About the blog

International health policies (IHP) blog is an initiative of the ‘Health Policy unit’ at the Institute of Tropical Medicine in Antwerp, Belgium (ITM), and fits in the wider project of “Strategic Network on International Health Policies.” It is in line with the ITM objective of “Switching the Poles,” aiming to increase the influence of the Global South on the global health debate.

 

Topics we cover

We focus on international and global health issues like global health initiatives, global public goods, aid effectiveness in the health sector but we also cover important articles in specific domains like AIDS or malaria. We specifically favor topics that influence health in developing countries.

 

The IHP Newsletter

Our blog has an accompanying newsletter that has been sent out weekly since early 2009, on Friday afternoons.Our team selects about 10-15 articles from the Lancet and other sources related to international health policies in low- and middle income countries and circulates them to the people interested. We have over 2000 readers spread over all continents, both in the North and in the South. Next to the English version, we also provide a French newsletter.

 

Subscribe here.

(As an additional service to subscribers from developing countries, they can be provided with some articles that they have difficulty downloading from their location.)

 

Follow us at @healthsys4all. You can submit articles you find relevant for the newsletter directly to us or by adding #IHPNews in your tweet.

 

Editorial board
Kristof Decoster, Peter Delobelle, Ildiko Bokros, Basile Keugoung & Wim Van Damme (ITM)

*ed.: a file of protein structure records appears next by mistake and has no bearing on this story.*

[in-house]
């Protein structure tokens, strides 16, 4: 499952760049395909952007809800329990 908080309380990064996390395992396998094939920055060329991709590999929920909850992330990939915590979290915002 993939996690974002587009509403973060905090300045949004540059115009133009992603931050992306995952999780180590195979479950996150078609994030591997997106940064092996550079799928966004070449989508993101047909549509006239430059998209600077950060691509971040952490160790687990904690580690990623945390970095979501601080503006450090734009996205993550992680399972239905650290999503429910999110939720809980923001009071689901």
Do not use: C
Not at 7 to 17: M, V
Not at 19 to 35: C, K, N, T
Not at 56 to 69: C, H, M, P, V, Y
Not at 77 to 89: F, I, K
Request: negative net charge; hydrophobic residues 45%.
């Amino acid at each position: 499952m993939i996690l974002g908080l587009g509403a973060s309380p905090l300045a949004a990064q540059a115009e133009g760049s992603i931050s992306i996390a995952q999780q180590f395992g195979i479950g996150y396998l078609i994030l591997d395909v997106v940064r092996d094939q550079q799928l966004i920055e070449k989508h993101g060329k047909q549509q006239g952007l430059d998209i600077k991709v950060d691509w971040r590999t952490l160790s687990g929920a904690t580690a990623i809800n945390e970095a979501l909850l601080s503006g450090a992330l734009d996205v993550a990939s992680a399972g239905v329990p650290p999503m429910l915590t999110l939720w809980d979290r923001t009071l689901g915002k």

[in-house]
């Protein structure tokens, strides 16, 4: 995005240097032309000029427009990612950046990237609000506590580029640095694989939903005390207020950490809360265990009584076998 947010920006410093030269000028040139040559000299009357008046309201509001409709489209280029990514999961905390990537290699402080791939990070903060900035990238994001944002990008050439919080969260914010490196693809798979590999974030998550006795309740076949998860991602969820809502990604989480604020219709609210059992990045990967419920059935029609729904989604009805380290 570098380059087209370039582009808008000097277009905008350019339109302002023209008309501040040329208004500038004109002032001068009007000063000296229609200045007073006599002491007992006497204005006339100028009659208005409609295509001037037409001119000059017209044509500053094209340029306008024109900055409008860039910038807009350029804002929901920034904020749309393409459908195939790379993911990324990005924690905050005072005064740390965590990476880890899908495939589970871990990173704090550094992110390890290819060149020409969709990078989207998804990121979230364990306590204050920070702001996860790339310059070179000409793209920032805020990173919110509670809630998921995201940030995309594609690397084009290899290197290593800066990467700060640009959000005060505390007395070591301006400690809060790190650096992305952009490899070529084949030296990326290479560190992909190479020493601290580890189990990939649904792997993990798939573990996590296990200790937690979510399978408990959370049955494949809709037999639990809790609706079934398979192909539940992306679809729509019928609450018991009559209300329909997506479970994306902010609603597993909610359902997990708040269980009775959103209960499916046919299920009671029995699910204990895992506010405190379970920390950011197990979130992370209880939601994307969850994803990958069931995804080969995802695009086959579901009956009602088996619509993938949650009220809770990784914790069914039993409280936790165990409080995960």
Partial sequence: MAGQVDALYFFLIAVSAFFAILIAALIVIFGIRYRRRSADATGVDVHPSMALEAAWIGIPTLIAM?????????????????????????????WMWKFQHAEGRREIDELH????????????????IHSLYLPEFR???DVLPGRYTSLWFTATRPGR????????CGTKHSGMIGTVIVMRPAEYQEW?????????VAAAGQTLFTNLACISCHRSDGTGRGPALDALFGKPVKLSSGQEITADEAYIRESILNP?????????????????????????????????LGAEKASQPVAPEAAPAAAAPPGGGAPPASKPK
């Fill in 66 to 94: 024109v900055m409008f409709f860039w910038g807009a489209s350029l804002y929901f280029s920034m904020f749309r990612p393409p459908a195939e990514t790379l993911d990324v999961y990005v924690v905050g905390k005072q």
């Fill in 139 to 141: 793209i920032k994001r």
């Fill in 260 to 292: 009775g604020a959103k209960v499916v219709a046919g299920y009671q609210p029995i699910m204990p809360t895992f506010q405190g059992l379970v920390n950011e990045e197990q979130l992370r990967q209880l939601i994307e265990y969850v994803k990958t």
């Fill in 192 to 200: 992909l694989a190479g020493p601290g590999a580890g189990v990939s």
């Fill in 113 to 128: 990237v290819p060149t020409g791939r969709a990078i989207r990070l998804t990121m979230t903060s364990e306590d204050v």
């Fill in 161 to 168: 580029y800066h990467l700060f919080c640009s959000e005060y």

5 Responses to About IHP

  1. Majdi Ashour says:

    “ I started scanning the international health policies newsletter from time to time since the end of 2011. My enrollment in a course in health policy in Europe has increased my bonds to the newsletter as a part of my classes; then, when back home to the eastern Mediterranean I have continued following it; and in order not to miss it I have recently subscribed to it . The appearance of the newsletter on the weekend made it a must and joyful Friday reading. Additionally, living in an isolated and ‘ disposable’ enclave which is called Gaza Strip, where people are digging themselves into sands through underground tunnels in order to cross borders, adds a great meaning and value to IHP newsletter for me pointing to a world which has long gone airborne and increasingly borderless and to a possible light at the end of our life tunnels.”

  2. Genet Anteneh says:

    It is a great pleasue for me to ba able to start getting such an important newsletter. It will support us in updating our knowledge on health. Those who are working on it realy desrves recognition on behalf of millions who demand better health. I will constantly try to follow issues to be raised and use for my work. If my capacity permits I will also try to share what I will see from my countrty Ethiopia.

  3. I regularly read the IHP newsletter. It kind of helps that it’s published Fridays when many of us in the global health check papers that made it to The Lancet. The IHP newsletter goes beyond the Lancet and provides a broader perspective in international health policies. I strongly recommend anyone from the field to check it out.

  4. Davidson Gwatkin says:

    I’ve become a regular reader of the IHP newsletter, and have found it makes interesting reading as well as very helpful in keeping me up to date with current developments. I’ve come across several highly relevant item in it that I’d not previously known about. Thanks

    Dave Gwatkin,
    Senior Fellow at the Results for Development Institute, and a Senior Associate at the Johns Hopkins Bloomberg School of Public Health

  5. I do regular media monitoring on global health issues and find it very useful to have the Friday IHP newsletter to double-check that I did not miss anything. More often than not I still find really interesting links in there, especially leading to blogs and studies. I like it that IHP is critical and does not only cover mainstream topics.

    Kerstin Reisdorf

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